where the writers are
The Match Makers
Not available.

Malissa gives an overview of the book:

In this fairy tale retelling, Rumpelstiltskin turns self-centered teenage princesses into well-rounded young women fit to find their One True Love--princes supplied by the Fairy Godmother. Just as a Cinderella-cycle is being completed, Rumpelstiltskin--or Rasp, as others call him--is called to pick up a new princess, the first-born daughter of a woman who Rasp had completed spinning assignments for years ago. At twenty-six, the new princess is older than any other princess he’s accepted into his training. And she knows his name. Blending traditional Rumpelstiltskin stories from many different cultures, this short story is a delightful riff on the fairy tales that were ingrained in our culture long before Disney or the Brothers Grimm.
Read full overview »

In this fairy tale retelling, Rumpelstiltskin turns self-centered teenage princesses into well-rounded young women fit to find their One True Love--princes supplied by the Fairy Godmother. Just as a Cinderella-cycle is being completed, Rumpelstiltskin--or Rasp, as others call him--is called to pick up a new princess, the first-born daughter of a woman who Rasp had completed spinning assignments for years ago. At twenty-six, the new princess is older than any other princess he’s accepted into his training. And she knows his name.

Blending traditional Rumpelstiltskin stories from many different cultures, this short story is a delightful riff on the fairy tales that were ingrained in our culture long before Disney or the Brothers Grimm.

Read an excerpt »

“I’m here to rescue the princess,” the prince said when Rasp opened the door. The young man was stereotypically handsome—the tall and dark kind—and had a perfectly polished sword pointed at Rasp’s chest.

Rasp could already hear the scuttling from deeper inside the house. “I’m sorry,” he said sweetly. “There’s no princess here.”

The prince frowned. “This is the Hunting Forest of Aimreux, is it not?” he asked, shifting slightly. His sword caught the light of the noon sun, nearly blinding Rasp.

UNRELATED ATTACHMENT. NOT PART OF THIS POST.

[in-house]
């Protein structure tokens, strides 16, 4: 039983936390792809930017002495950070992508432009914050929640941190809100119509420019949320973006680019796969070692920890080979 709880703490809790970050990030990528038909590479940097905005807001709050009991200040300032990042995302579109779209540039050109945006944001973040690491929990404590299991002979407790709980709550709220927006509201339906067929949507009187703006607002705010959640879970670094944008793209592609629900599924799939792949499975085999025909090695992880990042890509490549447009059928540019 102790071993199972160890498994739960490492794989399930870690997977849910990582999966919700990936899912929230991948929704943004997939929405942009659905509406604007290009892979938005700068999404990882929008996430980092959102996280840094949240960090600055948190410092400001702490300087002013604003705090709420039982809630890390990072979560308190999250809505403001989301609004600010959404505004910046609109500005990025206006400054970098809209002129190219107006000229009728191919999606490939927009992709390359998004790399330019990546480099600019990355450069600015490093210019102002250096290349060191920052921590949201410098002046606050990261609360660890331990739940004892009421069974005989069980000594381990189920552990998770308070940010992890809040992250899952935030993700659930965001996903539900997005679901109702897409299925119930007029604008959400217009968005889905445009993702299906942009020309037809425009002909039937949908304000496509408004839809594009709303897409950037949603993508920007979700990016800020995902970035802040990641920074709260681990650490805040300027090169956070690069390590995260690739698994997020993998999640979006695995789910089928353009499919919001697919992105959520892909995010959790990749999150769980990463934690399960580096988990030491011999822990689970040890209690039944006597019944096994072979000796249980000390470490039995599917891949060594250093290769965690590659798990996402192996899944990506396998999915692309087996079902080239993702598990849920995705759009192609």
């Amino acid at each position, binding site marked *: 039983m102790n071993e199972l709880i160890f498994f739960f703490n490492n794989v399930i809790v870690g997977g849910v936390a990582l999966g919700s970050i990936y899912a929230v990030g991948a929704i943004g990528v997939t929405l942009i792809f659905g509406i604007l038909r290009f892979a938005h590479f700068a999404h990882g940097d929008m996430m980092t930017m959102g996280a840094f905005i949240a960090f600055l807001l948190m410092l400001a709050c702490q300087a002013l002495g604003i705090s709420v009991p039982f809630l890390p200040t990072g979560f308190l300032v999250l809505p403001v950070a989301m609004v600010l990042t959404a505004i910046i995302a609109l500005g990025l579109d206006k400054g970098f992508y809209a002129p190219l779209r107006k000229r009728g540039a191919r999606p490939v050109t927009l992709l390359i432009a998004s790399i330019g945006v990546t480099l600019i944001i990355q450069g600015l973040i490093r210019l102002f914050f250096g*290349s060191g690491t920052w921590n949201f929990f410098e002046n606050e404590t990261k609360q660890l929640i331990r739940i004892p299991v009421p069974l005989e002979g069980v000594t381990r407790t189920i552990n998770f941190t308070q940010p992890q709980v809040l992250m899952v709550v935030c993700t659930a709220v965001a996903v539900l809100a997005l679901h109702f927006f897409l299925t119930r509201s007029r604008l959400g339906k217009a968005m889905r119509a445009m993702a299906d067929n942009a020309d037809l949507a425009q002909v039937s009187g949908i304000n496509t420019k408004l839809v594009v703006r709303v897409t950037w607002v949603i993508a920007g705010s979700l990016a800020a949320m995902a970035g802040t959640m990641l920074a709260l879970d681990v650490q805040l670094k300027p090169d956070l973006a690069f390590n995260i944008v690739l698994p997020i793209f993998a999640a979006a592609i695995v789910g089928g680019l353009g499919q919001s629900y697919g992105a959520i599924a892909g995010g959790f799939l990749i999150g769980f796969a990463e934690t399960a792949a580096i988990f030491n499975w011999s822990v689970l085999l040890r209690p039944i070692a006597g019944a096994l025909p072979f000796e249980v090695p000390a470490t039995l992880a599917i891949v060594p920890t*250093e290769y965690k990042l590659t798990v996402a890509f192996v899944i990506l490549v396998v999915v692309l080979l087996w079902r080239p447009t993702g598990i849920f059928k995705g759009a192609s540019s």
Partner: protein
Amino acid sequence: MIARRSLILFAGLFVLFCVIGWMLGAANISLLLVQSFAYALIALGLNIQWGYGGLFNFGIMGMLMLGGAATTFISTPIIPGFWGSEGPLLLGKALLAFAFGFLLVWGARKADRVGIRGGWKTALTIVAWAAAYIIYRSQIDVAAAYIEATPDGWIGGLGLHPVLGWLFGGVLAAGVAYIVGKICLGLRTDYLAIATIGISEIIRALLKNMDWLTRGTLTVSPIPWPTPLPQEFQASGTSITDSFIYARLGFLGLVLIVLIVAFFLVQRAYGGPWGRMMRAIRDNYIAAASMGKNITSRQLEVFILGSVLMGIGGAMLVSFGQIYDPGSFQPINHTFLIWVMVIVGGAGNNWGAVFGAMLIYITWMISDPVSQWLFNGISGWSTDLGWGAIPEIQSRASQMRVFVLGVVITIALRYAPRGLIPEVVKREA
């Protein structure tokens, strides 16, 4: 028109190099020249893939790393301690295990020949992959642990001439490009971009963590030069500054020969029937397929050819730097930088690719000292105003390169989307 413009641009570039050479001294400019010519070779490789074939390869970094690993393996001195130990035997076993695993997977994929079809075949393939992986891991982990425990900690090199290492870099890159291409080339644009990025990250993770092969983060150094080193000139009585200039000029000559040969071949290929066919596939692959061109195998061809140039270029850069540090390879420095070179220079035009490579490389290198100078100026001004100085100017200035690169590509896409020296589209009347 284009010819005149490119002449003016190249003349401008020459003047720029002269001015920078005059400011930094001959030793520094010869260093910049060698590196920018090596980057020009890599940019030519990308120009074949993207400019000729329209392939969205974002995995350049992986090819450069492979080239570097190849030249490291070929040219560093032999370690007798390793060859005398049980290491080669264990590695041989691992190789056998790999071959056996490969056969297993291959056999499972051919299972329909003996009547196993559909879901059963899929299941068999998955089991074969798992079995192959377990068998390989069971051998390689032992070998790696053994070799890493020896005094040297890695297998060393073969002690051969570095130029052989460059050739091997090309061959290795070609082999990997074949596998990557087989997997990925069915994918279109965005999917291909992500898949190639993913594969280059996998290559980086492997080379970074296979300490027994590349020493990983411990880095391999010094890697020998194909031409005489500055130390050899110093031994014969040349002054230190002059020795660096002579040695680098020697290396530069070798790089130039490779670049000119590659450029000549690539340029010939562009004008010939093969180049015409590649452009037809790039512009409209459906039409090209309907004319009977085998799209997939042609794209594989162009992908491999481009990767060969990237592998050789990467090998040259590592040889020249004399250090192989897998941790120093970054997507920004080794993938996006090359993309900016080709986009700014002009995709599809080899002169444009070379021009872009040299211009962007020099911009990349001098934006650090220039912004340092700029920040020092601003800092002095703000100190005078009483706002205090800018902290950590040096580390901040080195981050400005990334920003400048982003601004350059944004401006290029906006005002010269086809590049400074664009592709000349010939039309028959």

“By the brothers, get that out of my face!” Rasp spat, hitting the flat of the blade with one hand to force it down. The prince let the point drop to the ground, though his alert stance didn’t waver. Rasp sighed. Might as well get on with the formalities. “Indeed, this is the Hunting Forest of Aimreux.” He stressed the correct pronunciation: em-ruh. “And what is the most important part of that name, boy?”

The prince shrugged. “Aimreux?” He pronounced it aim-rucks. Again.

Rasp sighed. “Where has your fairy godmother been? The most important part of the name is Hunting. You can’t just come here and expect to be handed a princess. You have to hunt for her.”

“Is this some sort of trick? I’ve heard you often play tricks on princes. I believe you have a princess with you now, and my hunt can stop here.”

“Oh, yes!” a high-pitch voice cried. Rasp caught Elspeth around the waist as she tried throwing herself out the door. Her beauty was stereotypical enough to match the prince’s: a perfect hourglass shape, blonde hair that reached her calves, and blue eyes that recently seemed wiser and more thoughtful. Most of the time.

malissa-kent's picture

Note from the author coming soon...

About Malissa

I've been a reader for as long as I can remember, and a writer for nearly as long. I loved escaping into the adventures of the novels I read, so it didn't take much for me to start writing my own. My passion is genre fiction, especially Fantasy, and my novels tend to be of...

Read full bio »

Author's Publishing Notes

I don't remember how the genesis of this story came about, other than that I was washing dishes at the time. It was one of those stories that strike suddenly and scorch your mind until you start writing, then tend to back away quickly and leave you to your own devices. I wanted it to be funny, but also authentic, so I hunted around the internet to find Rumpelstiltskin fairy tales in other cultures, finding far more than I'd imagined, including some that didn't involve child-stealing at all, but were just bargains between two women (yes, Rumpelstiltskin is a woman in some cultures!). This is my own interpretation of all those fairy tales.